Sample Logic Intros Animation Station 2.0 – The World’s Most Advanced Arpeggiator

Sample Logic has introduced Animation Station 2.0, a major update to their MIDI sequencing tool, described as “the world’s most advanced and flexible arpeggiator”.

Here’s what they have to say about it:

“ANIMATION STATION 2.0 is an intuitive and dynamic one-stop solution for creating awesome arpeggio patterns with a little stutter and glitch on the side. The included presets offer a world with limitless possibilities, from simple standard arps to extreme experimental patterns and everything in between. For songwriting inspiration, try the melodic and chordal sequences, or drum machine style patterns for kicking your beats up a notch, or even glitchy stutters that would previously have taken forever to create using standard MIDI programming.”

Here’s what’s new in Animation Station 2.0:

  • ABCD patterns: now it is possible to switch between 4 patterns. There is right-click menu for copying, pasting and reseting patterns. There are 4 key switches that can be attached. When host plays, plugin switches patterns at the first beat of the next bar.
  • Updated preset management to support ABCD presets as well as original 1-pattern presets. When a 1-pattern preset is picked, it is loaded into the currently active slot only; presets with several active patterns load into all slots and inactive slots are rewritten with default patterns. It is also possible to load a single pattern from any preset into the currently active slot by picking ABCD buttons at the right side of the preset name.
  • Global settings (gate, velocity sensitivity, swing) exposed as plugin parameters which enables users to modulate them.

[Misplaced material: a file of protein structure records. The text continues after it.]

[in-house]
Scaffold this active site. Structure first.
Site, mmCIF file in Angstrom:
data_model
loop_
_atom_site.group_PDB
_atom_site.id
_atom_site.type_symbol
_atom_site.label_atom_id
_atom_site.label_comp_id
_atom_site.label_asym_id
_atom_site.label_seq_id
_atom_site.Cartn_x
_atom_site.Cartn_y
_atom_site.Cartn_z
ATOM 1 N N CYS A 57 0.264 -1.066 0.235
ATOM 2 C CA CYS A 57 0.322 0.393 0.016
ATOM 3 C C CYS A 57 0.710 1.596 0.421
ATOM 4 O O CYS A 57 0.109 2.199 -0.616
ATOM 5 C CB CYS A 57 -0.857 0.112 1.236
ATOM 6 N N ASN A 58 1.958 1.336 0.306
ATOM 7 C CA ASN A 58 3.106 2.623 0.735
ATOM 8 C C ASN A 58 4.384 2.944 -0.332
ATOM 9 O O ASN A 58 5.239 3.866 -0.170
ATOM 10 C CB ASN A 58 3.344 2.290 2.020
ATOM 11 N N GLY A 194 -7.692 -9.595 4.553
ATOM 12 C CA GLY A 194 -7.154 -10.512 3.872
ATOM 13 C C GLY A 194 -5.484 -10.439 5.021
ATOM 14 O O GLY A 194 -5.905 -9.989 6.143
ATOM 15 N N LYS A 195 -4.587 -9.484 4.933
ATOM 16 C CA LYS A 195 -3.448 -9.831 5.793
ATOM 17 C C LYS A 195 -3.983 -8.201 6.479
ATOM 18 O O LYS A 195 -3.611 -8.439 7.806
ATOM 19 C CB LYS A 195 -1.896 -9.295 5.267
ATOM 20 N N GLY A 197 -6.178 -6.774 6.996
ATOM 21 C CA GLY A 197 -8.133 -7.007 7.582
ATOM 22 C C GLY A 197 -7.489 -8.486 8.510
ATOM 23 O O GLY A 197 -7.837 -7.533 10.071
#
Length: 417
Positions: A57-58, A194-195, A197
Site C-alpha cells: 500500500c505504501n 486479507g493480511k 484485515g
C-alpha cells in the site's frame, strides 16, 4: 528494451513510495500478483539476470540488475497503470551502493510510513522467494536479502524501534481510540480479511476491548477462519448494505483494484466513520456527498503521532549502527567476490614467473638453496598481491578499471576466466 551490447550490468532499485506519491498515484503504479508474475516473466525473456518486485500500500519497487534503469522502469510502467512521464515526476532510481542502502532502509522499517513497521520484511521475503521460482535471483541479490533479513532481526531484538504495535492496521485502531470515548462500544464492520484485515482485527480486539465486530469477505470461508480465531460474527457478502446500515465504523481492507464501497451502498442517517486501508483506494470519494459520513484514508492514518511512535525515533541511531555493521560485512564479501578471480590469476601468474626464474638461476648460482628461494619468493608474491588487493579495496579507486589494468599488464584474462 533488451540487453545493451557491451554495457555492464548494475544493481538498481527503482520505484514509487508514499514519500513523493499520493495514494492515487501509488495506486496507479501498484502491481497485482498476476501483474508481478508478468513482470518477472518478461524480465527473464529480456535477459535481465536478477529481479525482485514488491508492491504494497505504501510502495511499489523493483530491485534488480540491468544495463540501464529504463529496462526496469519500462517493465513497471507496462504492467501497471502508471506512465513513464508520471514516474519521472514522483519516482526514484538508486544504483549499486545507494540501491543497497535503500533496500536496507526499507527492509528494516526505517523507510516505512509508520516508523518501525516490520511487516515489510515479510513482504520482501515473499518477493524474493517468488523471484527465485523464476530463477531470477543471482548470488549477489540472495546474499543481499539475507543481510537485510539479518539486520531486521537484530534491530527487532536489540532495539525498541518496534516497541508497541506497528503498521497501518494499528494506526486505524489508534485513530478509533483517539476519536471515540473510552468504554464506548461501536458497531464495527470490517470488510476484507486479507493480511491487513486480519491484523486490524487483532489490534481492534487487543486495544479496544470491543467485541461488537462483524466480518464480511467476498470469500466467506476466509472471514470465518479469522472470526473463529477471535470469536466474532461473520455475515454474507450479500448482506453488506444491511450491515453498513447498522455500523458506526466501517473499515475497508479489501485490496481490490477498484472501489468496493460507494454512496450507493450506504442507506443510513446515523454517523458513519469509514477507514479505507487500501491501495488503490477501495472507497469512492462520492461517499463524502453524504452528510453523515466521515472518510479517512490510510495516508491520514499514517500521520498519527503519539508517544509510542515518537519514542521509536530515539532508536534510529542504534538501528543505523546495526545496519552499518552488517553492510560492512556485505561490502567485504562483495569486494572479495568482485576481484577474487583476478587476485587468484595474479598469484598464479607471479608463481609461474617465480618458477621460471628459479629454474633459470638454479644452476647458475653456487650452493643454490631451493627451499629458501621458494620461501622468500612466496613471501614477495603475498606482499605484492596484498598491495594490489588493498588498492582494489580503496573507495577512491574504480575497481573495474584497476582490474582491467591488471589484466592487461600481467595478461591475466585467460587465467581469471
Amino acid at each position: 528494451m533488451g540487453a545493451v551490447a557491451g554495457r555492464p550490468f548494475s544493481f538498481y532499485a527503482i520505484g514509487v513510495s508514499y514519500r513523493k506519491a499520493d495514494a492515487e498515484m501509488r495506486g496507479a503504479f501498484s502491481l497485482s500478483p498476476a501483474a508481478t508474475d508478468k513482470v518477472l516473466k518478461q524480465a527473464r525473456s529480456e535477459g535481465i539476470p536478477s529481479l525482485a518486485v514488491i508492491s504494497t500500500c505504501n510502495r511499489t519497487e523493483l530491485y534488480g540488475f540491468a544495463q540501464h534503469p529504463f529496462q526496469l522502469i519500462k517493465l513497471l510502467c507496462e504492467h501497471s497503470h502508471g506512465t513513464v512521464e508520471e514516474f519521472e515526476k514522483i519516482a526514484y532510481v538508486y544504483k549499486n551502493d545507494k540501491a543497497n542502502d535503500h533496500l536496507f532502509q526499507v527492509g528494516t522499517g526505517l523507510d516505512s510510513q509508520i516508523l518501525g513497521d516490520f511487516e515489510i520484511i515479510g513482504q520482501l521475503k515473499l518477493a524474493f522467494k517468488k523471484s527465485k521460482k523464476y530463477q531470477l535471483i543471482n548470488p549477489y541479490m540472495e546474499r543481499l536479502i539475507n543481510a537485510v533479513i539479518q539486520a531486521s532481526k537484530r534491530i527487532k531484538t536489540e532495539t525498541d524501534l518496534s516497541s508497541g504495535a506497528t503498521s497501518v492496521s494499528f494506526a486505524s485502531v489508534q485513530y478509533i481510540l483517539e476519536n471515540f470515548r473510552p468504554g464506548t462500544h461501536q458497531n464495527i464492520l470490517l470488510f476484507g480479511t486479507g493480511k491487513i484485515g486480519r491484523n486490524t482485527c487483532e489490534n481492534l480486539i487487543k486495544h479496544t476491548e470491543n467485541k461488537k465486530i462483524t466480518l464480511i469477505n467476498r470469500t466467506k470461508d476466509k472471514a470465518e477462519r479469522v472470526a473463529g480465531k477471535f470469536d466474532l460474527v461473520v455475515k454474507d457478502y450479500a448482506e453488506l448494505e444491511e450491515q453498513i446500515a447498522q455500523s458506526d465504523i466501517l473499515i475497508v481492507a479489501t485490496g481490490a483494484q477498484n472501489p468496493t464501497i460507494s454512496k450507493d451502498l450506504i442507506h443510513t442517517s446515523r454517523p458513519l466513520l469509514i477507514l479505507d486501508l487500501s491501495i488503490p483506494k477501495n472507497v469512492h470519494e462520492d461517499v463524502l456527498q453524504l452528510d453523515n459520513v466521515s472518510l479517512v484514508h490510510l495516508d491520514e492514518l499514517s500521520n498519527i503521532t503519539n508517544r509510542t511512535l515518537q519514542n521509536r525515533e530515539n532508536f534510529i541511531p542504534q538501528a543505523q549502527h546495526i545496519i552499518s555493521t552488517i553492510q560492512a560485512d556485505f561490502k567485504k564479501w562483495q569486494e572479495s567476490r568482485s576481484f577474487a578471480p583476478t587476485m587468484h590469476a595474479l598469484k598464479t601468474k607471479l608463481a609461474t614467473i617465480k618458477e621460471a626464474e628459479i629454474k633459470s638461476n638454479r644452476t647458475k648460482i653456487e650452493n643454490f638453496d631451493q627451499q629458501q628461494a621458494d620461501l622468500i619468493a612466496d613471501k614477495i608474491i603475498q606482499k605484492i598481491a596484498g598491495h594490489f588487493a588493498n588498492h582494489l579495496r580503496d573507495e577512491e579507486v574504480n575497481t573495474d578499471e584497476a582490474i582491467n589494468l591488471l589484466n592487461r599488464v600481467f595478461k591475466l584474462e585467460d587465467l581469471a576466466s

• Modulation system has been reworked with 2 modes: mod wheel does not edit sequence directly; instead, it is applied as modulation to stored values and visualized as semi-transparent fills on top of velocity/duration bars. Absolute mode ignores current values); Relative mode takes current step values as a mid-point.
  • Transpose sliders are reworked. Now there are 2 edit modes: octave and chromatic. Modes can be switched in the right-click menu under slider presets, or with a left click on the transpose slider then holding shift key while sliding up/down.
  • Extended stutter rates: added triplets.
  • Reworked Latch filter to support notes compound. When new note is played, latch filter activates to 200ms timeframe to let other notes of a potentially played chord to be latched as well. Then latch filter closes and resets currently latched notes when new notes or a chord is played.
  • Minor bug fixes and stability improvements.
  • Included new 250 preset expansion pack “Breaking Borders” by Ben Aylon added.

Pricing and Availability:

Animation Station 2.0 (VST/AU/AAX) is available now, with an intro price of $99.99 USD through August 22nd, 2023 (regular $149.99 USD).

11 thoughts on “Sample Logic Intros Animation Station 2.0 – The World’s Most Advanced Arpeggiator

  1. “Only limited by your imagination.” I can imagine stutters that aren’t on a regularly spaced grid (i.e., accelerating or decelerating hits/notes). This software seems to only support fixed grid values.

    DP has an arpeggiator that allows you to load ANY MIDI for unusual rhythms. It’s had the same powerful arpeggiator for decades, I think. Break Tweaker also had lots of super powerful rhythm creating tools.